Wednesday, July 16, 2014

Transformers ROTF N.E.S.T. Decepticon Bludgeon Part 3

Tank armor meets body armor

A look at Takara Tomy's "Transformers: Revenge of the Fallen" N.E.S.T. Decepticon Bludgeon's robot mode transformation after focusing on its tank mode in the previous posting.

As a self-contained figure, nothing needs to be detached before the transformation. ^^

The process begins with the tracks on the underside of the tank. All four black, rubbery pieces are untabbed from the mid-blocks.

The side armor panels behind the tank are untabbed from the body, and then hinged to the back.

A minor linked movement gimmick observed in the step shown above: when the right panel is being hinged backward, a protruding hook on the joint (right image) will poke a movable piece outward from beneath the armor plate.
As you might guess from the shape of said movable piece, it will form the mount rack for Bludgeon's katana.

The left panel is unhinged and swung to its back as well, albeit with the absence of the linked movement gimmick mentioned above.

Moving back to the underside of the tank: the rear portion of the tracks (that's 2/3 of the entire track on either side of the tank) are detached from the main body ...

... and hinged to the back of the tank for 90 degrees.

The turret is rotated downward and to the right side of the tank, just to get it out of the way for the lower body's transformation. ^^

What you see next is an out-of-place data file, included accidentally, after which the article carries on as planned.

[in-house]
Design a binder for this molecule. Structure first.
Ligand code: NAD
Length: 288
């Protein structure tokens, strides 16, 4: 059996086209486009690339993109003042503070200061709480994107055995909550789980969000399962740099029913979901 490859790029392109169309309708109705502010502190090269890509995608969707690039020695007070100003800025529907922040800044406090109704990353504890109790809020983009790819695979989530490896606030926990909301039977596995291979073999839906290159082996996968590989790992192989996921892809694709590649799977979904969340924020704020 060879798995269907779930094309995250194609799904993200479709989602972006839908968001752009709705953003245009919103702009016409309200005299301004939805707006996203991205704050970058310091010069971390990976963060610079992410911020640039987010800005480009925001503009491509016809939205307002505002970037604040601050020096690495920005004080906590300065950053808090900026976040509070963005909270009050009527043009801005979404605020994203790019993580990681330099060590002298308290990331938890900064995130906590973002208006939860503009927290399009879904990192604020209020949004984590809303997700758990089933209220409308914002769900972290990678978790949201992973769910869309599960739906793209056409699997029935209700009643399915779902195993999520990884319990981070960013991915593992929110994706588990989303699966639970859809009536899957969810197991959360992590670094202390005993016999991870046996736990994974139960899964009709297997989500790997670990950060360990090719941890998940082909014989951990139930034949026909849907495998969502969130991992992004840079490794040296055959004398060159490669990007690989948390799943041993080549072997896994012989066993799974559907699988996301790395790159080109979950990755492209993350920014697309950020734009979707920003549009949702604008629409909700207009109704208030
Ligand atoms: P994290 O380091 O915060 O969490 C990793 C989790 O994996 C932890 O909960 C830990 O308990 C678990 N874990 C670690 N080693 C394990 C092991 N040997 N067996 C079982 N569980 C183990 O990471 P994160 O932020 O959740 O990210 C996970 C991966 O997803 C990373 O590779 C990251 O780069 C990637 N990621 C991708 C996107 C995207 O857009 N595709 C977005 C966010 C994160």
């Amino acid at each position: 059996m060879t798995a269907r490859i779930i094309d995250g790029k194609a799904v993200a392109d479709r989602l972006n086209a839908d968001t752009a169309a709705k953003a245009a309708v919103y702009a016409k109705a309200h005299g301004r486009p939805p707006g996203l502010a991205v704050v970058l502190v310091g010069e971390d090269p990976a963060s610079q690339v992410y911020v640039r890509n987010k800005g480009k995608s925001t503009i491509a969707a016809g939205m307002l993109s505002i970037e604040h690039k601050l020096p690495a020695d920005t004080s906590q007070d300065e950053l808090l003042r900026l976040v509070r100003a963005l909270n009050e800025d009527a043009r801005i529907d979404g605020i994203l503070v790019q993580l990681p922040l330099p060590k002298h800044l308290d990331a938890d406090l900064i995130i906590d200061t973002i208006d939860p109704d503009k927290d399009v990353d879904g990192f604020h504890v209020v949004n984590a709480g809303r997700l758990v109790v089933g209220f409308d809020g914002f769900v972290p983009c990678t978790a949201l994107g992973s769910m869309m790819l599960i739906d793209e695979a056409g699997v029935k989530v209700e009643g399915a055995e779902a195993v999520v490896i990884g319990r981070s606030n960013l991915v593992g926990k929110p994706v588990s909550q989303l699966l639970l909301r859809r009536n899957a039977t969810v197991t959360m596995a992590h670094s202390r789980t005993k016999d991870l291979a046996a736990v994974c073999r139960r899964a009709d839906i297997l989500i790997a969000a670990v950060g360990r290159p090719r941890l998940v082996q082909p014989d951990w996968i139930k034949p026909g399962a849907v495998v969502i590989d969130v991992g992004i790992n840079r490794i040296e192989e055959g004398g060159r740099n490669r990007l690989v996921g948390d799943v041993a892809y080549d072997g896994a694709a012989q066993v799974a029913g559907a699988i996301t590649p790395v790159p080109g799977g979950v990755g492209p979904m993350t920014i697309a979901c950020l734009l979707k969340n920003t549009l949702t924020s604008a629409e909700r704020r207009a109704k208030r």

The rear armor panel is hinged upward for the same reason.

Back to the tank tracks, which will form Bludgeon's legs when this step is done: the semi-rectangular block that connects the two track components is swung around for 180 degrees.

The previously concealed side of the tracks is now facing the front.

At their hips, the legs are hinged downward for 90 degrees.

The side skirt armors, previously the rear side panels of the tank are adjusted so that their hinge arms sit properly inside the dedicated slots on top the hips.

Both sides of the hips are then hinged frontward for 90 degrees, until the rounded end of the skirt armors' joint bases are snapped into place on the light gray spine column.

The shin section of the legs, previously the mid-track blocks, are around at knee level until the orange fixed tracks are facing the forward.

The top calf armor is hinged downward, and the entire armor panel is opened up to unfold the foot stored inside of it.

The foot is hinged downward.

(Left) The tiny heel claw is tilted to the back.
(Right) Using the light gray ankle joint, the foot is adjusted to give it the proper look. ^^ Then again, the ankle joint is very tough, and is definitely sturdy enough to support the weight of the figure.

Repeat the same steps for the other track to complete both legs' transformation.

With the legs all done, the temporarily transformed figure can now be posed standing on the ground. ^^

The front section of the tank will form the shoulder armors and arm. The entire block is split right in the middle first, with each half then hinged downward and to the side for 90 degrees.

(Left) On each side, the shoulder-arm block is swivelled downward at shoulder level first, ...